But still there was an assumed distance between local events and these extreme global manifestations. The fruiting of chaos was elsewhere. Now it’s everywhere. The growth and destruction that Butler talks about are so much more evident now, as are the forces of change.
I installed the piece at the height of the lockdown and the only people in the airport were my installation crew (my two oldest kids actually), myself and a raft of security personnel, all at their stations checking bags and waving wands as if all this was normal. I admit to thinking that maybe the piece is redundant now. Maybe the hurricane has already passed through.
Charles Campbell, “Actor Boy I,” 2009 mixed media on canvas (courtesy of the artist)
MM: Your Actor Boy paintings are lovely. They look like kinetic confections of some kind. They put me in mind of earlier eras of pattern making for domestic decoration. I can’t quite place it and I know there’s much more to it. They are connected to a series of really interesting and literally boundary-pushing performances in Kingston, Jamaica. Can you tell me how they are related and what we should look for in these works?
CC: I guess I should say that I spend a lot of time inhabiting my own fictions. In the trajectory of my work, the Actor Boy paintings represented a move from using motifs related to the brutality of slavery and the plantation system to images that referenced cultural resilience. Actor Boy is a character in the Jamaican carnival celebration Jonkonu, a trickster that lampoons the character and proclivities of his overseers.
The paintings repeat an image of Actor Boy produced in 1837-38, shortly after emancipation, by the Jamaican artist Isaac Mendez Belesario and turn it into a sort of blossoming floral motif. I was thinking about this excessive, raucous, creolized cultural expression as a threat to the plantation system, something that seeded revolts and a time when the slave population was demonstrably more than property, beasts of burden and units of labour.
Charles Campbell, “Actor Boy IV,” 2009 mixed media on canvas (courtesy of the artist)
They also became a vehicle for me to reflect on the times immediately before and after emancipation in Jamaica. After spending months with the image, I started imagining Actor Boy on the streets of Kingston and tried to imagine seeing present day events through the eyes of someone who embodied the hopes and aspirations of the recently emancipated slaves. That became the seed for the Actor Boy persona and performances.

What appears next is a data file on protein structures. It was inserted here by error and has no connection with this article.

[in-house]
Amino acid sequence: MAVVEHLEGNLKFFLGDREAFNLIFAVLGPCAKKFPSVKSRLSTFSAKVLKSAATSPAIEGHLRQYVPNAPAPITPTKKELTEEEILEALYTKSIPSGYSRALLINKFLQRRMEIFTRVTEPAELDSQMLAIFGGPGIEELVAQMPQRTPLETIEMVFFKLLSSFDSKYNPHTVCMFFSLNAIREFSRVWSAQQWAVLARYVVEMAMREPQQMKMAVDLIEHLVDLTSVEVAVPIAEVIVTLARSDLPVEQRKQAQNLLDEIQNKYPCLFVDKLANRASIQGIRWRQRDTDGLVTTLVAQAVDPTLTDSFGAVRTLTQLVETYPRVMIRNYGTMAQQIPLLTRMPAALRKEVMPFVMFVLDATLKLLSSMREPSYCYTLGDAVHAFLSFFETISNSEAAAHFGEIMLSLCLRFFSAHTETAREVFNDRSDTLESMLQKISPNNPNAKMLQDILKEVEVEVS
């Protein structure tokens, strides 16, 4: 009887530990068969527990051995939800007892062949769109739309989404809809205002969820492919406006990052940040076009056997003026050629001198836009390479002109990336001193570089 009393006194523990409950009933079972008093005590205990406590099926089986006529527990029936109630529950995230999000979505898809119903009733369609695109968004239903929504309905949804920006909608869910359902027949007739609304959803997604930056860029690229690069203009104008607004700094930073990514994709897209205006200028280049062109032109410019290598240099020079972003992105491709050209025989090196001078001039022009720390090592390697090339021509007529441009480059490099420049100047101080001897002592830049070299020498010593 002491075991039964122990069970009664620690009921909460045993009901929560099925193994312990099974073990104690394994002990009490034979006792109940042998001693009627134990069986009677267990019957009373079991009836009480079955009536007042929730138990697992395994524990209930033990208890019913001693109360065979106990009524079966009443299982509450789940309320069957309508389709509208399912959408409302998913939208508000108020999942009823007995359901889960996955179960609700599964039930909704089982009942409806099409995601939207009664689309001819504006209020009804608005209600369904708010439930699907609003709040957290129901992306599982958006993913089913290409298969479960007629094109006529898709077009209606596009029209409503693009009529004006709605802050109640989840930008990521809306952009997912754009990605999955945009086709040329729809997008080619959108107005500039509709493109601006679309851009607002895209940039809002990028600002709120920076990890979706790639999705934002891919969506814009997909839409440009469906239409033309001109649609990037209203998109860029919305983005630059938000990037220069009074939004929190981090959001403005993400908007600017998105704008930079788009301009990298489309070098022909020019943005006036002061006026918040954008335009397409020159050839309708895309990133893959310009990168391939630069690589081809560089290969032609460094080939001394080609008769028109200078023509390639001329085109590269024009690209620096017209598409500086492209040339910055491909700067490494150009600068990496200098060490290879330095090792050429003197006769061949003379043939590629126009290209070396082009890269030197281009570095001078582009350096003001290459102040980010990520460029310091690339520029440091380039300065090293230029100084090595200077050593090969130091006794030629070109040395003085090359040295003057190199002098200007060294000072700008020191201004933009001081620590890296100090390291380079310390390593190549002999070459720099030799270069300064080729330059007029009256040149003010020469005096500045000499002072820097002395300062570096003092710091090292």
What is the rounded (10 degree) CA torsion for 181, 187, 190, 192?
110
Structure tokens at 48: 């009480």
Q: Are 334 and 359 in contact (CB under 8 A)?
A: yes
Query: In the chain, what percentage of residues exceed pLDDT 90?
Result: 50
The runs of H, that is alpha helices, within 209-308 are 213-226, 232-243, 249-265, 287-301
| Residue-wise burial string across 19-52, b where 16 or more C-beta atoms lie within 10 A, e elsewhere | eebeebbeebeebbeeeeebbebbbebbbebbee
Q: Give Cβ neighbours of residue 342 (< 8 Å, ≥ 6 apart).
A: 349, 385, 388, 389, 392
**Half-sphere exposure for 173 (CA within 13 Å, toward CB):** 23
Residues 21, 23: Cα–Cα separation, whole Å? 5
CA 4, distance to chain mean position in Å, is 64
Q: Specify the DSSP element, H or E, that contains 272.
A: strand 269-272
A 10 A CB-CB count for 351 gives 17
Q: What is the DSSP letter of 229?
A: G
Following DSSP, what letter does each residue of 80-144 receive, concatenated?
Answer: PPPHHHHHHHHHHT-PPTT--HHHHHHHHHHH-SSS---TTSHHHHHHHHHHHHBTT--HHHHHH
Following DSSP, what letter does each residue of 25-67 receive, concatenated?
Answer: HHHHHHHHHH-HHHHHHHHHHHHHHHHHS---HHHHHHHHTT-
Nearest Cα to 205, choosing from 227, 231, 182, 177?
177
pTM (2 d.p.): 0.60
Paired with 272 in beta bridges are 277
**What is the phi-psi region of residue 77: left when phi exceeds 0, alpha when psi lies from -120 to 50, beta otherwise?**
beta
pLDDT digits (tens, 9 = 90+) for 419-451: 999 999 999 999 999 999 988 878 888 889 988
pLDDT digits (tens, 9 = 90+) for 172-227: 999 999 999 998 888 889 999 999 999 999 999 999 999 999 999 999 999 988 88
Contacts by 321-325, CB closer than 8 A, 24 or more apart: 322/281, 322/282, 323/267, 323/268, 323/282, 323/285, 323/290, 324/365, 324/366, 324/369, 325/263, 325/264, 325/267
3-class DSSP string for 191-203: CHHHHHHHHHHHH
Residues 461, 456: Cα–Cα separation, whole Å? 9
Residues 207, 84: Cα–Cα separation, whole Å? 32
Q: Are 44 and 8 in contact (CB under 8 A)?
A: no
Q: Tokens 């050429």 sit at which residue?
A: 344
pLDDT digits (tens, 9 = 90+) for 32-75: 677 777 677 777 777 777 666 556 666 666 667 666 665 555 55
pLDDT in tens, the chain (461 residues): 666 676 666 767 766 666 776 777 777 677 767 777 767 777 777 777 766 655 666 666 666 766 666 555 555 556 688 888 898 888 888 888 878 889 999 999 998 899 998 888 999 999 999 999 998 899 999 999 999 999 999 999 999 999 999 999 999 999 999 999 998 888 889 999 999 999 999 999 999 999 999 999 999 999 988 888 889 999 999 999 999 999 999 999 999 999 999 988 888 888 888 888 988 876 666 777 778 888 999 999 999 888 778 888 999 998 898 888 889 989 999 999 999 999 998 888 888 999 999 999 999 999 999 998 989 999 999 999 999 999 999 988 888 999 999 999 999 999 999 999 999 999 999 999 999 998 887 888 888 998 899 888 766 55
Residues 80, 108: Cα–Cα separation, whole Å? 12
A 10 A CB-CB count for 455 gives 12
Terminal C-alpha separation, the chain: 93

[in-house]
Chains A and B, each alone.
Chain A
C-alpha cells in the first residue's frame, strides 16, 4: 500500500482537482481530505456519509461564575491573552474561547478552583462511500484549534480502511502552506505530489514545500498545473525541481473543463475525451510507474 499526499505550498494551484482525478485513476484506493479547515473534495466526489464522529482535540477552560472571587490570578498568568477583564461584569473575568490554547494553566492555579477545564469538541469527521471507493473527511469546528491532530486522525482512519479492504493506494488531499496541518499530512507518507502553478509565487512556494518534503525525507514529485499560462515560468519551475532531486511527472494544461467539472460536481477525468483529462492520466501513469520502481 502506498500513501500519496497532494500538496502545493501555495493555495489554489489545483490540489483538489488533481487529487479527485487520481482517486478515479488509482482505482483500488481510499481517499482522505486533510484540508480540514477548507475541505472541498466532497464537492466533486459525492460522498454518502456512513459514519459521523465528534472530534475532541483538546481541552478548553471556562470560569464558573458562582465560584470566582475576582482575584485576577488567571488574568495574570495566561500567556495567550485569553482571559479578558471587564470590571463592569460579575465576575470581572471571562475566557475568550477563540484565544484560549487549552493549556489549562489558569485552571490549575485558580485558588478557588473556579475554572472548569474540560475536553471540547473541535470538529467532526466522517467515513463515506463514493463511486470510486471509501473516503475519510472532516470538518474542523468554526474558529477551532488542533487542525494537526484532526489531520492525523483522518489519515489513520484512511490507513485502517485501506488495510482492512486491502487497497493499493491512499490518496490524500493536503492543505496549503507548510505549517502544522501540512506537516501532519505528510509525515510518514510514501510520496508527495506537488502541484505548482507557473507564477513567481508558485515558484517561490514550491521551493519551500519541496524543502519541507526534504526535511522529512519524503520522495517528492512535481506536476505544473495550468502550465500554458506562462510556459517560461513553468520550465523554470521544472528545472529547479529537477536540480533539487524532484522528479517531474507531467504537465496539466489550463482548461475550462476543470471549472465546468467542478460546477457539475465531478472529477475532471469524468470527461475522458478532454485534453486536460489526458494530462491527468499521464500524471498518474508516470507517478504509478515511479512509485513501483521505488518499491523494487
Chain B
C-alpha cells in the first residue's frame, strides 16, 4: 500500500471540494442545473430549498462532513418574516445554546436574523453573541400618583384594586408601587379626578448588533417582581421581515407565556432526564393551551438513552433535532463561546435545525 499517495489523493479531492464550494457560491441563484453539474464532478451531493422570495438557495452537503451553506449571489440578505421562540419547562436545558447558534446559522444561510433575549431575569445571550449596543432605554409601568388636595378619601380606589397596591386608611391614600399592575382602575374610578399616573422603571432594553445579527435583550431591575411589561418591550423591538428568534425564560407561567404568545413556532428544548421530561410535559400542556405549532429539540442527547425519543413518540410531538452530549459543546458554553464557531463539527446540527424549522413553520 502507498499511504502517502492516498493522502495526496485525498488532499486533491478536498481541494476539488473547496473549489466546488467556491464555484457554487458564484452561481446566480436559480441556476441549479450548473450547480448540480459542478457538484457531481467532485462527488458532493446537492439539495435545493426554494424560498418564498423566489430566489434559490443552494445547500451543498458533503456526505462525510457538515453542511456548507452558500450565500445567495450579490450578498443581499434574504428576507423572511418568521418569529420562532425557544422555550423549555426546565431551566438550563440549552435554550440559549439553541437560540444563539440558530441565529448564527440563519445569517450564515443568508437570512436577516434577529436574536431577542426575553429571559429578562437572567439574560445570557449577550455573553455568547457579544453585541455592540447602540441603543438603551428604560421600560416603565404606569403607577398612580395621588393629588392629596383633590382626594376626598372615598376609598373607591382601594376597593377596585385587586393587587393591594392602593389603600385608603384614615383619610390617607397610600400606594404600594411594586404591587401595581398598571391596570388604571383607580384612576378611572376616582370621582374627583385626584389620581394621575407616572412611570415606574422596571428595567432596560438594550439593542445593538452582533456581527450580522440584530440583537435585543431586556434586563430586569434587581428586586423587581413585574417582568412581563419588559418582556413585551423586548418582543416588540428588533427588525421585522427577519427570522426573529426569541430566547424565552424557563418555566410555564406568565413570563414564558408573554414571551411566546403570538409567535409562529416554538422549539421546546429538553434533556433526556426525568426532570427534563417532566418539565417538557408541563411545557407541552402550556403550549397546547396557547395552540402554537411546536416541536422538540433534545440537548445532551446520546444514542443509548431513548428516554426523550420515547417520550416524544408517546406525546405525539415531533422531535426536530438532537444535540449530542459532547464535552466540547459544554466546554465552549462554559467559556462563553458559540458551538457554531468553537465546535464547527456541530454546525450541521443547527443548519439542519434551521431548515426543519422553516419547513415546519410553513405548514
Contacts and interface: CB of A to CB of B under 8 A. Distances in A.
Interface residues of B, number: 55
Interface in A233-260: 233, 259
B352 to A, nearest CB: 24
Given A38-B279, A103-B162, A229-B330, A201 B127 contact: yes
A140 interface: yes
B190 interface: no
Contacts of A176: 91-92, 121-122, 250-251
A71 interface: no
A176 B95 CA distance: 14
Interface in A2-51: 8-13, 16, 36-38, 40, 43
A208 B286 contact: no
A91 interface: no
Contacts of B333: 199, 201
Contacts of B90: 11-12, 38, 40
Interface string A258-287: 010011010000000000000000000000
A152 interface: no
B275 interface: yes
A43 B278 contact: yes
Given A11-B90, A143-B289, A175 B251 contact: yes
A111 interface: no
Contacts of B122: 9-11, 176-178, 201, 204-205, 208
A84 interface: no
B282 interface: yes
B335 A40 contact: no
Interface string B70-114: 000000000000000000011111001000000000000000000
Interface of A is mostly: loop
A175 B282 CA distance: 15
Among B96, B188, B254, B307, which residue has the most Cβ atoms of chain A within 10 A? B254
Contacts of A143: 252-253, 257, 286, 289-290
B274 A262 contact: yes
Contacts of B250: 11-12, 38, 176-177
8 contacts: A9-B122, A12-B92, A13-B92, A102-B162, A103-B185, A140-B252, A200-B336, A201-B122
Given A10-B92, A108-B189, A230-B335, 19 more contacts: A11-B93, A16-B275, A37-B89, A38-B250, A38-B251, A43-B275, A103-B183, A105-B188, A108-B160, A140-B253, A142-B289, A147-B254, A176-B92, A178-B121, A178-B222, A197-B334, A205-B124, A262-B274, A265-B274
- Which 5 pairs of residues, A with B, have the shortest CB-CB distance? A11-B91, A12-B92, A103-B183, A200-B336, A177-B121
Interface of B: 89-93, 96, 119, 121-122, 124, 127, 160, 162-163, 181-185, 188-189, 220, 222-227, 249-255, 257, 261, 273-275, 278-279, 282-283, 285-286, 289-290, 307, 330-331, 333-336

The most important move was to position him not as someone from the past but from one of the alternate futures made possible at the time of emancipation. He thus became a time traveller able to move between different temporal streams and represents a whole set of possibilities that are difficult to imagine from our present perspective.
In the Kingston performances you mention, Actor Boy tasked himself with understanding and disrupting the city’s social stratification by orchestrating a series of creative engagements between “uptown” and “downtown” Kingston – geographic designations that routinely stand in for class and racial distinctions between rich and poor.
Charles Campbell, “Maroonscape 1: Cockpit Archipelago,” 2019 mat board and wood (Photo by Mateo Serna Zapata)
MM: The piece Maroonscape 1: Cockpit Archipelago strikes me as a set of maquettes for a futuristic development merged with the topography of a landscape. How did you get from the reality of a place that was a redoubt of escaped slaves to this futuristic vision? Will there be further iterations of this work? What were your decisions around scale and how the piece would be experienced in a gallery setting?
CC: When I think about the future, adherence to the systems that are failing us is not going to get us through. Black and Indigenous communities are already living post-apocalyptic lives and we need to reorient ourselves and pay heed to the experience and knowledges that we’re developing as we engage in the slow process of reconstruction.
The Maroons’ survival was predicated on their knowledge and relationship to the lands they inhabited and they were strongest when they acted as decentralized yet interdependent communities in their fight against the British. Maroonscape 1 proposes this as a model for the future. It’s scaled to appear as an architectural model, something that could be built, but it’s the underlying concepts that I want to build on, and the centrality of our relationship to the lands we inhabit.
This piece is the first in the series. Maroonscape 2 debuts at WAAP and is a soundscape that codes the birdsong of species endemic to Cockpit Country into Paradise, which is a passage from Butler’s Parable of the Sower. I’m working on Maroonscape 3 now. It enlarges forms similar to those in Maroonscape 1 to a more human scale for a public sculpture garden.
I hope to turn it into a gathering place for the Black community and a space for talks, performances and workshops that can explore some of the themes and issues present in the work. The Maroons, as communities of escaped slaves, operated under a violent colonial regime and represent resistance and resilience, but the bargains they struck to retain their freedom include compromises and complicity with the system of oppressions. There is a lot to learn from and think about here and I hope to dig into these issues more deeply in future projects.